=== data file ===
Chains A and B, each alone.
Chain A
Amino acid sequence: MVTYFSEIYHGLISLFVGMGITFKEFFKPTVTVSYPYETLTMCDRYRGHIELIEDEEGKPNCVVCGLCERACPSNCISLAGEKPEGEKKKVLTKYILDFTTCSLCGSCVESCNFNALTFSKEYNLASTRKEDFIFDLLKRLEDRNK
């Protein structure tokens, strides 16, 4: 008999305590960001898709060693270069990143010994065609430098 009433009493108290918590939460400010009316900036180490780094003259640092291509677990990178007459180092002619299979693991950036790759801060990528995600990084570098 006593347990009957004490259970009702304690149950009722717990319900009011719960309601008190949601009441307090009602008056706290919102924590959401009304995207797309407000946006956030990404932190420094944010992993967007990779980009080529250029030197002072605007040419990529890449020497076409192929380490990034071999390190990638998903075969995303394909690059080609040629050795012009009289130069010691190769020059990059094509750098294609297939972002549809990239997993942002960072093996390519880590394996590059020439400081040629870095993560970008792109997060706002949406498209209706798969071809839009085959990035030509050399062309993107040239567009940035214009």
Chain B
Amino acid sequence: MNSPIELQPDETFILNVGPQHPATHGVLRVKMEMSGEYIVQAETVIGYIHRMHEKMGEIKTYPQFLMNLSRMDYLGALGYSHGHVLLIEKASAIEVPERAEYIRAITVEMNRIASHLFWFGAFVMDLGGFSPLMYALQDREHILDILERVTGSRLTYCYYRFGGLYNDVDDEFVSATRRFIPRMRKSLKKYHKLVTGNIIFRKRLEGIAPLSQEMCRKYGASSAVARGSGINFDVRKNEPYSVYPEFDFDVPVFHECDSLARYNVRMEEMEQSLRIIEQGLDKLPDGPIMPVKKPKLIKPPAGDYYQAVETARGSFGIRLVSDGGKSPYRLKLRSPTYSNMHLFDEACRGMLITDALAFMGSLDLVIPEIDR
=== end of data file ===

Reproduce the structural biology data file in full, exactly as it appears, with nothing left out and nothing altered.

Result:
Chains A and B, each alone.
Chain A
Amino acid sequence: MVTYFSEIYHGLISLFVGMGITFKEFFKPTVTVSYPYETLTMCDRYRGHIELIEDEEGKPNCVVCGLCERACPSNCISLAGEKPEGEKKKVLTKYILDFTTCSLCGSCVESCNFNALTFSKEYNLASTRKEDFIFDLLKRLEDRNK
């Protein structure tokens, strides 16, 4: 008999305590960001898709060693270069990143010994065609430098 009433009493108290918590939460400010009316900036180490780094003259640092291509677990990178007459180092002619299979693991950036790759801060990528995600990084570098 006593347990009957004490259970009702304690149950009722717990319900009011719960309601008190949601009441307090009602008056706290919102924590959401009304995207797309407000946006956030990404932190420094944010992993967007990779980009080529250029030197002072605007040419990529890449020497076409192929380490990034071999390190990638998903075969995303394909690059080609040629050795012009009289130069010691190769020059990059094509750098294609297939972002549809990239997993942002960072093996390519880590394996590059020439400081040629870095993560970008792109997060706002949406498209209706798969071809839009085959990035030509050399062309993107040239567009940035214009």
Chain B
Amino acid sequence: MNSPIELQPDETFILNVGPQHPATHGVLRVKMEMSGEYIVQAETVIGYIHRMHEKMGEIKTYPQFLMNLSRMDYLGALGYSHGHVLLIEKASAIEVPERAEYIRAITVEMNRIASHLFWFGAFVMDLGGFSPLMYALQDREHILDILERVTGSRLTYCYYRFGGLYNDVDDEFVSATRRFIPRMRKSLKKYHKLVTGNIIFRKRLEGIAPLSQEMCRKYGASSAVARGSGINFDVRKNEPYSVYPEFDFDVPVFHECDSLARYNVRMEEMEQSLRIIEQGLDKLPDGPIMPVKKPKLIKPPAGDYYQAVETARGSFGIRLVSDGGKSPYRLKLRSPTYSNMHLFDEACRGMLITDALAFMGSLDLVIPEIDR